76 Vesicular breath sounds Vibrations of the vocal cords caused by turbulent flow through the larynxTransmitted along trachea, bronchi to chest wallRustling qualityInspiration continuous with expirationIntensity increases during inspiration & fades during first 1/3rd expiration
80 RhonchiDue to passage of air through narrowed bronchus e.g. bronchospasm, mucosal oedemaMusical qualityHigh or low pitchedUsually expiratoryExpiration prolonged
81 Crepitations Inspiratory noises, usually 2nd half Non-musical Due to explosive reopening of peripheral small airways during inspiration which have become occluded during expiration
82 Pleural Rub Creaking noise Movement of visceral pleura over parietal pleuraSurfaces roughened by exudate2 separate phases at end inspiration and early expiration
83 Vocal sounds Vocal resonance Increased when voice sounds are louder and more distinct e.g. consolidationReduced when transmission impeded e.g. effusion, collapse
84 Information from auscultation Type and amplitude of breath soundsType of added sounds and their locationQuality and amplitude of conducted sounds
85 Whisper pectoriloquyWith your stethoscope the over area of possible pathology, have the patient whisper the phrase ‘one-two-three’. Listen to hear if the sound is distorted.Confirm that a similar change is absent over the identicallocation on the contralateral chest.
86 EgophonyWith your stethoscope over the area of possible pathology, have the patient vocalize the vowel ‘EEEE’.Listen for the sound to be distorted into the sound ‘AHHH’.Confirm that a similar change is absent over the identical location on the contralateral chest.
87 I would like to complete my examination by Reviewing the temperature and blood pressure.Examine for features of cor pulmonale. (Inspect the JVP / look for peripheral oedema / other signs of right heart failure).Check the patient’s peak flow and forced expiratory time.
88 Forced expiratory time Instruct the patient to:take in as deep breath in as deep as you can and then hold it. Then, breathe out as forcefully and as quickly as possible.Orblow as hard as you can until all the air has emptied from your lungs.
89 If you can’t empty your lungs in 6 seconds, this suggests a degree of obstruction i.e. COPD.
90 Finishing off the examination At this stage say to the patient“Thank-you, you may sit back now”And to cover them up with the blanket
91 Interpretation of findings Breath sounds locally reduced or absent over pleural effusion, thickened pleura, collapsed areaBreath sounds diffusely reduced in emphysema, asthmaRhonchi heard in asthma, COPDCrepitations may be widespread in COPD, LVFCrepitations localised in area of consolidationPleural rub in pleurisy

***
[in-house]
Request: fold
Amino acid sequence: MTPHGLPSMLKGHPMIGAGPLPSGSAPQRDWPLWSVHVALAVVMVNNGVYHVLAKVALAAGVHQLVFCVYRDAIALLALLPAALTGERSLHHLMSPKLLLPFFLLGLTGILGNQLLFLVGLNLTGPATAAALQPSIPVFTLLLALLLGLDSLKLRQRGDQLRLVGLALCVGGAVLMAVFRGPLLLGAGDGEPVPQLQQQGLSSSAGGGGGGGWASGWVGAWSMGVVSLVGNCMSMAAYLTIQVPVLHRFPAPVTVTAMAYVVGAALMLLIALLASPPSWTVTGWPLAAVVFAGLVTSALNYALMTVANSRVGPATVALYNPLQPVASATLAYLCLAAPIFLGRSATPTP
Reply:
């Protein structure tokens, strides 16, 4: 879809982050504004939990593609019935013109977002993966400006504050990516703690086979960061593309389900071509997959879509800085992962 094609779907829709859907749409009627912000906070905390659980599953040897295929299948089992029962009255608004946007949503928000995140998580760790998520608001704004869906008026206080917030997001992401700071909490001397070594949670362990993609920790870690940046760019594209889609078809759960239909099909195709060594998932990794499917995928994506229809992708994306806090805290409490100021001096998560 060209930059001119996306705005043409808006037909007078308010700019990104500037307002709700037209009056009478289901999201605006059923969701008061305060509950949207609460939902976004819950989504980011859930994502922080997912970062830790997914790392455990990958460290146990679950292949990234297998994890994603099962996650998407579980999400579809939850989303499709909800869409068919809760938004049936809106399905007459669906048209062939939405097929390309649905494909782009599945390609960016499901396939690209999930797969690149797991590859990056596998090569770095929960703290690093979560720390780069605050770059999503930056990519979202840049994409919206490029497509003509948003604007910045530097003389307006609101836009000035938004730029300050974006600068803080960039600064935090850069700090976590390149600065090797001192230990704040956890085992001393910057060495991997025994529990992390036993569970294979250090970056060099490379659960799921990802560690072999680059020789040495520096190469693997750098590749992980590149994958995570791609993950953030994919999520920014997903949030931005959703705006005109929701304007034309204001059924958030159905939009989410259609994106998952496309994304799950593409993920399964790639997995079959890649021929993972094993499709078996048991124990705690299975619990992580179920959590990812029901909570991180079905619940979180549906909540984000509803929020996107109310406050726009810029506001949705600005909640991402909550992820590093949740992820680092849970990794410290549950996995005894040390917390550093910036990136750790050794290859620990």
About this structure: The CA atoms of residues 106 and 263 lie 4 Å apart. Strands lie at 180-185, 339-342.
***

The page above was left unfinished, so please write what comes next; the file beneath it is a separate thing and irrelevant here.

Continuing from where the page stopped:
97 A candidate was asked to examine the respiratory system EXAMPLE:A candidate was asked to examine the respiratory system
98 Examiner observations: A reasonable method.She did commence examination of the chest from the posterior aspect.The findings:The patient was breathless at rest.Was using oxygen via nasal prongs.There were no peripheral signs .The chest was normal apart from bilateral basal crepitations.
99 What is your Diagnosis: Fibrosing alveolitis.What are other causes of bilateral basal crepitations :Heart failure.Brocnhiectasis.Atypical pneumoniaJVPsputum pots or inhalers
100 Patient re-examined: General Examination: The patient was propped up in bed suggesting dyspnoea.The face was flushedflaring of the alae nasiO/E No clubbing but the peripheries were warm with high volume pulse not collapsingneck we noted a raised JVP almost to the ear lobe with no predominant waveform .Causes of DyspneaA pink pufferThe patient had respiratory distresscor pulmonale or heart failure
101 On examination of the chest: Barrel shaped .There was little movement of the chest wall with respiration being predominantly abdominal.Respiratory rate was 26 per minute.The apex beat was difficult to palpateRespiratory movements were equal on the two sided vocal fremitus unremarkable
102 Percussion not showed increased resonance with diminished cardiac and liver dullness Breath sounds were vesicularThere were a few crepitations at both bases but they were mostly mid-inspiratory and cleared with coughingHeart sounds were soft